LAUP founder Lupita Reyes honored with scholarship

The legacy of Latin American United for Progress founder Lupita Reyes is being honored with a new scholarship, and the Tri-Cities Puentes Initiative is asking for the support of the community in raising $25,000 for the endowment.

“As Lupita has served others, it is our turn to celebrate her by establishing an endowed scholarship that will for years encourage students to pursue their education,” says Reyna Masko, co-chair of Tri-Cities Puentes Initiative. “It is the least we can do to honor her decades-long commitment to the service of others.”

The Puentes Initiative established the Lupita Reyes Scholarship Fund at the Grand
Haven Area Community Foundation. Community leaders Alfredo Gonzales, Juanita
Bocanegra and Alma Valenzuela helped set up the endowed scholarship.

Starting as $1,000 award

The Lupita Reyes Scholarship will initially be set at $1,000 annually, with the intention of increasing the amount as the fund grows. It will be awarded each year to a graduating high school student in Ottawa County with a Latin American
background who shows the potential to have a positive impact on the community.

So far, more than $9,500 has been raised, but the goal needs to be reached by Nov. 1 to create an endowment, says Masko. Donations can be made here.

Latin American United for Progress, a Holland-based organization that Reyes helped found, based in Holland, is also pledging funds. It will ask for donations from attendees at its sold-out Seventh Annual Gala on Oct. 20 at the Holland Civic Center.

Reyes’ impact on the Lakeshore community is far reaching, say organizers.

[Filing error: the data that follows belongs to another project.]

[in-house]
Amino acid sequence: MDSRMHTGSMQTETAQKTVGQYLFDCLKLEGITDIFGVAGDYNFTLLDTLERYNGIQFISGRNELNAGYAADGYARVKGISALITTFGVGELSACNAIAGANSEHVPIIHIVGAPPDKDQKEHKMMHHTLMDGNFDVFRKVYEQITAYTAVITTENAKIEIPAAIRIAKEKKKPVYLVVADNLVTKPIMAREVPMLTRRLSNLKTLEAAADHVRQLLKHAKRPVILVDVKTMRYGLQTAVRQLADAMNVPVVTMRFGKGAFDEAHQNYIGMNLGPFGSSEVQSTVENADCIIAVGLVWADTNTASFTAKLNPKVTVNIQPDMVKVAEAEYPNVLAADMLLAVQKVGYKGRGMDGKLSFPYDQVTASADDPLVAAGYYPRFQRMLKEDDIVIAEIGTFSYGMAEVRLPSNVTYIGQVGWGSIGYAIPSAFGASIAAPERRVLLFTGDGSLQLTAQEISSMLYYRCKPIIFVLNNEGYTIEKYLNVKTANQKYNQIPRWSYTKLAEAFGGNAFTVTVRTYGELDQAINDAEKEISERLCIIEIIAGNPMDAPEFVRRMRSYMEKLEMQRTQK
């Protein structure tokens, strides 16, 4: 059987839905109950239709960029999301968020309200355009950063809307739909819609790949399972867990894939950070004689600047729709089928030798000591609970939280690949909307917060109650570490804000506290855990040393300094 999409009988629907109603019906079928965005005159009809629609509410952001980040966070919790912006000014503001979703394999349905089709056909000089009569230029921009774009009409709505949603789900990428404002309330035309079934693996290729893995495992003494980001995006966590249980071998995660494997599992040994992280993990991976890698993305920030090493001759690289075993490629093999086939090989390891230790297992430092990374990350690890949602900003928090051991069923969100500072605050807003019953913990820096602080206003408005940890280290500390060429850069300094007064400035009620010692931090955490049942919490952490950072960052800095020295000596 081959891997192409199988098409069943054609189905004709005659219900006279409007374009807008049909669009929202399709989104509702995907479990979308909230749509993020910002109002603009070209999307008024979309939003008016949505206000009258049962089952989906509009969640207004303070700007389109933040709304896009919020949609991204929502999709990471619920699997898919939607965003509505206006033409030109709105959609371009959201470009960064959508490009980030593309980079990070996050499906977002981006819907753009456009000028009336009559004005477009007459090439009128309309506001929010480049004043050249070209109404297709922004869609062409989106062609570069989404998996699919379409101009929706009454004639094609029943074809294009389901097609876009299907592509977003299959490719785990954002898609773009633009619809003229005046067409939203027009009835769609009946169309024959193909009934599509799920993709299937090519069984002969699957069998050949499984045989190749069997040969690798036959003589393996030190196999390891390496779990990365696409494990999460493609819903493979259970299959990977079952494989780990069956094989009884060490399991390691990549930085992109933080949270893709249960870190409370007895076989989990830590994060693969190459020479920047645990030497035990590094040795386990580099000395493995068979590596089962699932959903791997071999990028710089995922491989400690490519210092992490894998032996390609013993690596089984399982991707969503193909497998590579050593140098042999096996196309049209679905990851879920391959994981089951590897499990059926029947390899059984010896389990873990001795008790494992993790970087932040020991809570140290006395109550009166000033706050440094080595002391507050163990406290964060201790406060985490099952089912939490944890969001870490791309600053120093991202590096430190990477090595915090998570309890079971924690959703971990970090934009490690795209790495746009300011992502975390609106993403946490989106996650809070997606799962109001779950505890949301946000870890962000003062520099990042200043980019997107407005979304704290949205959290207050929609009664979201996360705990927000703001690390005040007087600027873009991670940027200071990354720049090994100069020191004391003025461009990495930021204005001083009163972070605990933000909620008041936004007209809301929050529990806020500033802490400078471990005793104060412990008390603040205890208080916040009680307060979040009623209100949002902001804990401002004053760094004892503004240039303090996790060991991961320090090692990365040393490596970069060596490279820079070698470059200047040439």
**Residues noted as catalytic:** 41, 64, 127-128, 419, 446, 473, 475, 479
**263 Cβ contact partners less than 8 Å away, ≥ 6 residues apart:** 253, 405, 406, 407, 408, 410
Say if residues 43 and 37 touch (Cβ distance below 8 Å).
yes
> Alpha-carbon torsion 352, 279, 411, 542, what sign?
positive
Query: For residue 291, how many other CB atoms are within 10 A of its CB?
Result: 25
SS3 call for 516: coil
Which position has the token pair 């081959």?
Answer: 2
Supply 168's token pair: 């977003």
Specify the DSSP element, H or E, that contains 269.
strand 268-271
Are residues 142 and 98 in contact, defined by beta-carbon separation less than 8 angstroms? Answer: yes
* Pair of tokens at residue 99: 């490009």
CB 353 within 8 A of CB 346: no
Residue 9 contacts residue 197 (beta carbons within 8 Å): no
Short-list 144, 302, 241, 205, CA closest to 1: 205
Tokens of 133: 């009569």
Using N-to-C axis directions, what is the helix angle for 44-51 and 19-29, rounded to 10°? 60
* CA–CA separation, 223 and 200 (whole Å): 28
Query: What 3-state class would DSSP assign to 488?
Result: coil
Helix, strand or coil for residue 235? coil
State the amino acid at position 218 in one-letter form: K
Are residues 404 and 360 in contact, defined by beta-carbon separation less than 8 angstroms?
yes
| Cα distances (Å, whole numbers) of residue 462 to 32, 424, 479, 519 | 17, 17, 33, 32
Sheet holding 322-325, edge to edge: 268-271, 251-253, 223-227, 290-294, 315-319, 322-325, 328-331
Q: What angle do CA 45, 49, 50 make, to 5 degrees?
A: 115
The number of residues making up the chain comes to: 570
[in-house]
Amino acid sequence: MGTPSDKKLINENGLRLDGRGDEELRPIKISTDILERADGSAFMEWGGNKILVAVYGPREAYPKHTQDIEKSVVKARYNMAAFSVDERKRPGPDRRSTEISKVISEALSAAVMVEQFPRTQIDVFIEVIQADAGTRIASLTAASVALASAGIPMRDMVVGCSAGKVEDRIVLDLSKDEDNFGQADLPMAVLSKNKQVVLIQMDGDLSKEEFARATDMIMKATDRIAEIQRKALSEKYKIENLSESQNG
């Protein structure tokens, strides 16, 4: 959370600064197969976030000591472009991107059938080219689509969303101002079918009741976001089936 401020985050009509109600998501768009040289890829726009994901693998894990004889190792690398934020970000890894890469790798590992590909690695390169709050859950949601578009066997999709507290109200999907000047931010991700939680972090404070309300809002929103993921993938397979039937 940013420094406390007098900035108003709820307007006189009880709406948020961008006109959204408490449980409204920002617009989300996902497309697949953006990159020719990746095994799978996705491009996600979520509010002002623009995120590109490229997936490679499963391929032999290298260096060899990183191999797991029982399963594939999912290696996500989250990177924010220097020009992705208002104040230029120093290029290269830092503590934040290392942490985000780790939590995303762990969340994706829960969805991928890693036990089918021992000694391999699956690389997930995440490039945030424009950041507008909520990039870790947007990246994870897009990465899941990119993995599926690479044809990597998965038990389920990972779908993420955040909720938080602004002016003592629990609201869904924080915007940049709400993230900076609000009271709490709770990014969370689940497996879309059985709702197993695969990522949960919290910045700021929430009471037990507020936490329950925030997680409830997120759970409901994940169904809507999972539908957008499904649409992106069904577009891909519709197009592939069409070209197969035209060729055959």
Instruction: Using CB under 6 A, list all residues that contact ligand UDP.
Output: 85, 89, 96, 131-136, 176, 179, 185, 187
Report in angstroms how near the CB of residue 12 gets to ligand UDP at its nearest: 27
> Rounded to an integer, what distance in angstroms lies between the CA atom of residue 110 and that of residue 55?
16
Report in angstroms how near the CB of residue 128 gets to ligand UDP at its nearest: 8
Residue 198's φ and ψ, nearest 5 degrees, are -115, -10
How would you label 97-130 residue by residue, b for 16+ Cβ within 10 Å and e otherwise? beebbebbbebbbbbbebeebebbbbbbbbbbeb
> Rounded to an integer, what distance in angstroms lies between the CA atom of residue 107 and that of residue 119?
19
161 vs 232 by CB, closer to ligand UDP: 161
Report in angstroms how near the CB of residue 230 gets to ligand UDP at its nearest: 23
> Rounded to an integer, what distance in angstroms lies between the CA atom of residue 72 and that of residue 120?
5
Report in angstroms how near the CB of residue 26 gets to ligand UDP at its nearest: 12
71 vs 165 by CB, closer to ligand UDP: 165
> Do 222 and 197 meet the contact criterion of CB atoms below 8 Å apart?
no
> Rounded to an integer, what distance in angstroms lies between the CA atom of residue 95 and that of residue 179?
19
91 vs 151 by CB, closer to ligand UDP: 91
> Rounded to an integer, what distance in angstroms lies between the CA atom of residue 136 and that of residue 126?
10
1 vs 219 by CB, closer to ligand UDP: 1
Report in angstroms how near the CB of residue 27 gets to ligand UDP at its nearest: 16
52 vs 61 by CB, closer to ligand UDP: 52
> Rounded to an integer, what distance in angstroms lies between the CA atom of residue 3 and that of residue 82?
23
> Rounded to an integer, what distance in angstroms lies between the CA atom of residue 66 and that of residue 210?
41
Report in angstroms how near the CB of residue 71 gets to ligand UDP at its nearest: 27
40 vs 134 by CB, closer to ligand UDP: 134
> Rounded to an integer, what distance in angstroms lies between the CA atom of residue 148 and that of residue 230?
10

“Lupita’s life story is forever inspiring,” says Yadah Ramirez, Puentes Initiative volunteer and director of community impact at the Community Foundation of Holland/Zeeland Area. “I remember first hearing it as a little girl when my father would volunteer with Lupita and her husband, Tino, hearing it again when I was a student in LAUP, and hearing it even now as an adult is a reminder for the 'why' behind what we do to push forward positive change in our community.”

A lifetime of firsts

The establishment of an endowed scholarship is a first for Lupita Reyes and the Latino community. However, being the first is not unusual for her.

● When Latino families were denied housing ownership or rental, she worked with
others to pass the first Fair Housing Ordinance in the City of Holland.

● When families needed temporary housing, food and health care, she worked to
establish Community Action House, a nonprofit organization still serving those in
need in Holland.

● When she could not hear Mexican music on area radio stations, she launched
“Alegria Latina” on Holland’s WHTC. It is now the oldest Latino-run
program in Michigan, with a growing audience in the Netherlands, Mexico and
India. She retired from the role in 2021 after 57 years.

● To advocate for the Latino community, she helped establish Latin American
United for Progress, one of the oldest Latino organizations in Michigan.

● She saw another need when Latino children were told they could not speak
Spanish in school. This prompted Lupita to join with others to win passage of bilingual education legislation in Michigan, helping to ensure the education of Latino children.

“The Lupita Reyes Endowment Scholarship is a tribute to an extraordinary woman,
Lupita Reyes, who defied the odds and dedicated her life to making a difference,”
Masko said.

Reyes was recognized at last month’s Grand Haven Hispanic Heritage Fiesta in Grand Haven.

“It’s an honor to have this scholarship that I did not get when I graduated from high
school,” Reyes told the crowd at Waterfront Stadium.

Enjoy this story? Sign up for free solutions-based reporting in your inbox each week.

Read more articles by Shandra Martinez.